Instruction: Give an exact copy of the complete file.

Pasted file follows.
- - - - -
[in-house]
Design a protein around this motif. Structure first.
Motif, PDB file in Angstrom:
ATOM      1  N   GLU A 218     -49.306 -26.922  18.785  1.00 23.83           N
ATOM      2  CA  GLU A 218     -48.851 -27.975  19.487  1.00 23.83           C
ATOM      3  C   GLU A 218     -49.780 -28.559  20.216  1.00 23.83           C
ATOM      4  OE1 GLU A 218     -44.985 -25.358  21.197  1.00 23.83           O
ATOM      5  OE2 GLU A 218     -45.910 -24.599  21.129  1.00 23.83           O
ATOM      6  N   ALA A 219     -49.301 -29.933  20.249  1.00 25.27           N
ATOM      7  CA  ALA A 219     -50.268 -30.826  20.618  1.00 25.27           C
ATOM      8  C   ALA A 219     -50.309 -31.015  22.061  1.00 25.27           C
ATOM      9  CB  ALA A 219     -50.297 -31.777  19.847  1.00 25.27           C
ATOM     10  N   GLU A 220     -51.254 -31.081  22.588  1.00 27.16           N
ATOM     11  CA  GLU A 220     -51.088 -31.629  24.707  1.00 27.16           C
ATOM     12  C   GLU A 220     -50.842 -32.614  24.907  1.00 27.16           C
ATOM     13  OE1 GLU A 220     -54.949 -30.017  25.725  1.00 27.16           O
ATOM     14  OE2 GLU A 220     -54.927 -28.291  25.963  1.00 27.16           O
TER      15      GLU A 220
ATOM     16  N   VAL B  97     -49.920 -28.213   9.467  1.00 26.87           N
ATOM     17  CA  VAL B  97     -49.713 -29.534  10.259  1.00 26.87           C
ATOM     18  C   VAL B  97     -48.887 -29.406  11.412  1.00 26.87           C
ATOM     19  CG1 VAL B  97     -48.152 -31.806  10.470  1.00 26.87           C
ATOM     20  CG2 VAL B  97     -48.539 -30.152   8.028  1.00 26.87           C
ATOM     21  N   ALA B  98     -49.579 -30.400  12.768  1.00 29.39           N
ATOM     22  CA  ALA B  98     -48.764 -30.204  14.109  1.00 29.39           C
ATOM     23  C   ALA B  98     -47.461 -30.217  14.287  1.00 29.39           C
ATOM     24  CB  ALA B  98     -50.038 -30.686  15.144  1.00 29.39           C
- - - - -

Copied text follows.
[in-house]
Design a protein around this motif. Structure first.
Motif, PDB file in Angstrom:
ATOM      1  N   GLU A 218     -49.306 -26.922  18.785  1.00 23.83           N
ATOM      2  CA  GLU A 218     -48.851 -27.975  19.487  1.00 23.83           C
ATOM      3  C   GLU A 218     -49.780 -28.559  20.216  1.00 23.83           C
ATOM      4  OE1 GLU A 218     -44.985 -25.358  21.197  1.00 23.83           O
ATOM      5  OE2 GLU A 218     -45.910 -24.599  21.129  1.00 23.83           O
ATOM      6  N   ALA A 219     -49.301 -29.933  20.249  1.00 25.27           N
ATOM      7  CA  ALA A 219     -50.268 -30.826  20.618  1.00 25.27           C
ATOM      8  C   ALA A 219     -50.309 -31.015  22.061  1.00 25.27           C
ATOM      9  CB  ALA A 219     -50.297 -31.777  19.847  1.00 25.27           C
ATOM     10  N   GLU A 220     -51.254 -31.081  22.588  1.00 27.16           N
ATOM     11  CA  GLU A 220     -51.088 -31.629  24.707  1.00 27.16           C
ATOM     12  C   GLU A 220     -50.842 -32.614  24.907  1.00 27.16           C
ATOM     13  OE1 GLU A 220     -54.949 -30.017  25.725  1.00 27.16           O
ATOM     14  OE2 GLU A 220     -54.927 -28.291  25.963  1.00 27.16           O
TER      15      GLU A 220
ATOM     16  N   VAL B  97     -49.920 -28.213   9.467  1.00 26.87           N
ATOM     17  CA  VAL B  97     -49.713 -29.534  10.259  1.00 26.87           C
ATOM     18  C   VAL B  97     -48.887 -29.406  11.412  1.00 26.87           C
ATOM     19  CG1 VAL B  97     -48.152 -31.806  10.470  1.00 26.87           C
ATOM     20  CG2 VAL B  97     -48.539 -30.152   8.028  1.00 26.87           C
ATOM     21  N   ALA B  98     -49.579 -30.400  12.768  1.00 29.39           N
ATOM     22  CA  ALA B  98     -48.764 -30.204  14.109  1.00 29.39           C
ATOM     23  C   ALA B  98     -47.461 -30.217  14.287  1.00 29.39           C
ATOM     24  CB  ALA B  98     -50.038 -30.686  15.144  1.00 29.39           C